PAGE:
Autonomy or conservative adjustment? The effect of public policies and educational attainment on third births in Austria, 1975-96
Population Studies, 55:3, 249–261 (2001)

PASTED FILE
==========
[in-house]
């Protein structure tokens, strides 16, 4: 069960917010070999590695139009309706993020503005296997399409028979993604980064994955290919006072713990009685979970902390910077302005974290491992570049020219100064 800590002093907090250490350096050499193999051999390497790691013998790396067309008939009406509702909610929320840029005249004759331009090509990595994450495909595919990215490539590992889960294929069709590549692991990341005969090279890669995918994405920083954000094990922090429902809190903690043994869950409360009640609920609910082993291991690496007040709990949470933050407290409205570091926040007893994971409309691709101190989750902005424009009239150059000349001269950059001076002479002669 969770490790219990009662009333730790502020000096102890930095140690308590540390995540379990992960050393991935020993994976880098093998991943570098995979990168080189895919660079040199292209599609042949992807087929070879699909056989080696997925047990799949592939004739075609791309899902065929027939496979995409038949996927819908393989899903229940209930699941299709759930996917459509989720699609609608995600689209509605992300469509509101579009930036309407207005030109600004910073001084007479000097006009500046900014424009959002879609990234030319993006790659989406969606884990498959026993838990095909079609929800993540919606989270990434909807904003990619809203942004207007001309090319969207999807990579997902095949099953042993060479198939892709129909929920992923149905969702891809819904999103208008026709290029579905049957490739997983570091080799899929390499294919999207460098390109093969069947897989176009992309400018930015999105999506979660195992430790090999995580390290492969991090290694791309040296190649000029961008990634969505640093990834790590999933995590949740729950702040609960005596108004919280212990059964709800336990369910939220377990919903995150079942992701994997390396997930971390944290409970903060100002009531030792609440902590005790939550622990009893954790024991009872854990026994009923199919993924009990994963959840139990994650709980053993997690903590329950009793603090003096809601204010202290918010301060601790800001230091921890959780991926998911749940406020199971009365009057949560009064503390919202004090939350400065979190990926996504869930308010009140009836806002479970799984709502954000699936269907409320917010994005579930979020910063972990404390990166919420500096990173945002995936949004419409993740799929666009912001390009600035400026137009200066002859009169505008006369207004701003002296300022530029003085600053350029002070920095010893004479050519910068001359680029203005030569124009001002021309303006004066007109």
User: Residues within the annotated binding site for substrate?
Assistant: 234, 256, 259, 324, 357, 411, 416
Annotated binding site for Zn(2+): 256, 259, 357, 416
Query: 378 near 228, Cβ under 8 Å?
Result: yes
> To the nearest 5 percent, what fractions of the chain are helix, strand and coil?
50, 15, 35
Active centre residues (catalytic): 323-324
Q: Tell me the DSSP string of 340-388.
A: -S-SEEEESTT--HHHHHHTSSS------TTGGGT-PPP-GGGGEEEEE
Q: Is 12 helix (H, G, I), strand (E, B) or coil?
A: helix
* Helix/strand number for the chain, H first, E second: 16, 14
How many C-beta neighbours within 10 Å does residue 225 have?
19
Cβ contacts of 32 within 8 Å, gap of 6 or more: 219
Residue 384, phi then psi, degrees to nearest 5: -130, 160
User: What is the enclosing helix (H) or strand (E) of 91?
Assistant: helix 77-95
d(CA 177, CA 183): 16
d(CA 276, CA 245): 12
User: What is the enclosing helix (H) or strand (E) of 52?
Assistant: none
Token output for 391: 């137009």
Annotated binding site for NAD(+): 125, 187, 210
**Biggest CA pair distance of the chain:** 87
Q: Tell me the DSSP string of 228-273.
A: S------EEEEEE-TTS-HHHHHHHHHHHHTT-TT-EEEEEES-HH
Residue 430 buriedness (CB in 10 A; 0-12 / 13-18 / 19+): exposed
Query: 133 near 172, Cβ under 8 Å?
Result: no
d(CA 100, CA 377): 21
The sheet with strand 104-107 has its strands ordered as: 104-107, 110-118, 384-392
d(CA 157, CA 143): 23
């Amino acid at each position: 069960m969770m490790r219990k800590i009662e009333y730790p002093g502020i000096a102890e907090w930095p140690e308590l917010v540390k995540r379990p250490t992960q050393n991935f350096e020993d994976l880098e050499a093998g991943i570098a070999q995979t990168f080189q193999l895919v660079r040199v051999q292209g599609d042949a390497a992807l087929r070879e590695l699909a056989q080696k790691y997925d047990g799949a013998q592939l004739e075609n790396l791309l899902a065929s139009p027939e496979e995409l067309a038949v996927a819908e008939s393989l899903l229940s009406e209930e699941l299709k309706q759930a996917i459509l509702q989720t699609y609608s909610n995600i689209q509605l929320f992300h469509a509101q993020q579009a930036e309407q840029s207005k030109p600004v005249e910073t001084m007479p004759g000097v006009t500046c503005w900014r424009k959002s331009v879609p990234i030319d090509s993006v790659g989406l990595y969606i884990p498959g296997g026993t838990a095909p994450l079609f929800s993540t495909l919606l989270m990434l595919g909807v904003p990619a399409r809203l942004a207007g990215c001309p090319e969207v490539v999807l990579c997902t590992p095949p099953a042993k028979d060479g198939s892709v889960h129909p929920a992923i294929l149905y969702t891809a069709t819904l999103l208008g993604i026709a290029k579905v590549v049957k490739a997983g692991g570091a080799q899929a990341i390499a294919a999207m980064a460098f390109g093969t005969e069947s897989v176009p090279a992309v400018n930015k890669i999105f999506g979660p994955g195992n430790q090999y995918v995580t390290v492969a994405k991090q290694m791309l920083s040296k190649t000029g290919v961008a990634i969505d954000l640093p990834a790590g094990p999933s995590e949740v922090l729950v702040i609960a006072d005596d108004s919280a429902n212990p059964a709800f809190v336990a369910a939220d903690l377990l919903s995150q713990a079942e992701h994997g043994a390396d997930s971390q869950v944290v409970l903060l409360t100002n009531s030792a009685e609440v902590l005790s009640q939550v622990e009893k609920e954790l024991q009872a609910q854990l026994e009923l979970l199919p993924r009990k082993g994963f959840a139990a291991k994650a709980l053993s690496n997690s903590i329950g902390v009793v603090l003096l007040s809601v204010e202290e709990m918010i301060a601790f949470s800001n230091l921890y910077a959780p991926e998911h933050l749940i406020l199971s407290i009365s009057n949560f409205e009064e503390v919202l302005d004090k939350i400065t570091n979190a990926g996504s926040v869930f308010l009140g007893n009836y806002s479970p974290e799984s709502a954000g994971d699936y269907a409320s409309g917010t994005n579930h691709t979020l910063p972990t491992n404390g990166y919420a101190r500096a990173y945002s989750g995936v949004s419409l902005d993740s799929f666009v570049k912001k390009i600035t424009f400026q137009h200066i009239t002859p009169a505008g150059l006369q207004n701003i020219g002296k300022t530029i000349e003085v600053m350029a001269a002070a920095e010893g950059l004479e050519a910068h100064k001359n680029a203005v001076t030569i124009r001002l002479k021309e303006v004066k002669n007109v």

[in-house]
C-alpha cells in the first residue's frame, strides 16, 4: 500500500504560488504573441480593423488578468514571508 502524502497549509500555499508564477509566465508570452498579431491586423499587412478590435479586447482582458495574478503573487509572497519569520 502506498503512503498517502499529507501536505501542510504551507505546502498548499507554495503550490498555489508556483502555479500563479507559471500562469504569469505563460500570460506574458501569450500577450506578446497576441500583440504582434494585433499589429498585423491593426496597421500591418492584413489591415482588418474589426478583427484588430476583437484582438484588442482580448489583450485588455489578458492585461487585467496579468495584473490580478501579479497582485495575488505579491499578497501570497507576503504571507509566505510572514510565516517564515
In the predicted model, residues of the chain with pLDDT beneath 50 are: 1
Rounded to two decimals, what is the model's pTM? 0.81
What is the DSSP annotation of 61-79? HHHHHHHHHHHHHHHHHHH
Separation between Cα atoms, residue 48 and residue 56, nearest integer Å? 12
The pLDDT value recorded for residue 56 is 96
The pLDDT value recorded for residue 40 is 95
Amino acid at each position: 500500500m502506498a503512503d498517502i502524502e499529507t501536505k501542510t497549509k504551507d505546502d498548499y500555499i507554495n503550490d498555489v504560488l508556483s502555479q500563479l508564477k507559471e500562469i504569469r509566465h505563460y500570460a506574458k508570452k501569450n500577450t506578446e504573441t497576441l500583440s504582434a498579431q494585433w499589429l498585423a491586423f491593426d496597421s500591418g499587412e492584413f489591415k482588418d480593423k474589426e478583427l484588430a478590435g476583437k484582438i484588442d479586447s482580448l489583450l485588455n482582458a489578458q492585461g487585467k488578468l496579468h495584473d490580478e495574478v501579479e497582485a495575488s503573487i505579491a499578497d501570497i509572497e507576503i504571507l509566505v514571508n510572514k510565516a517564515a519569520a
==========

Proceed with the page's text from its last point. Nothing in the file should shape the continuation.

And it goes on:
The standardised rate of third births declined by over 50 percent in Austria between the late 1970s and the mid-1990s. The third birth was also postponed gradually over the years up through 1991-92, after which the tempo of childbearing suddenly in-creased in response to a change in the parental-leave policy. This new policy inadvertently favoured women who had their second or subsequent child shortly after their pre-vious one. We cannot find any indica-tion that the general decline in third births can be seen as a consequence of women’s increas-ing independence from their husbands at the stage in life we study. Furthermore, it still seems to be more difficult to combine mother-hood and labour-force participation in Austria than in Sweden, which is a leader in reducing this incompatibility. These developments reflect the tension between advancing gender equality and the dominance of traditional norms in Austria.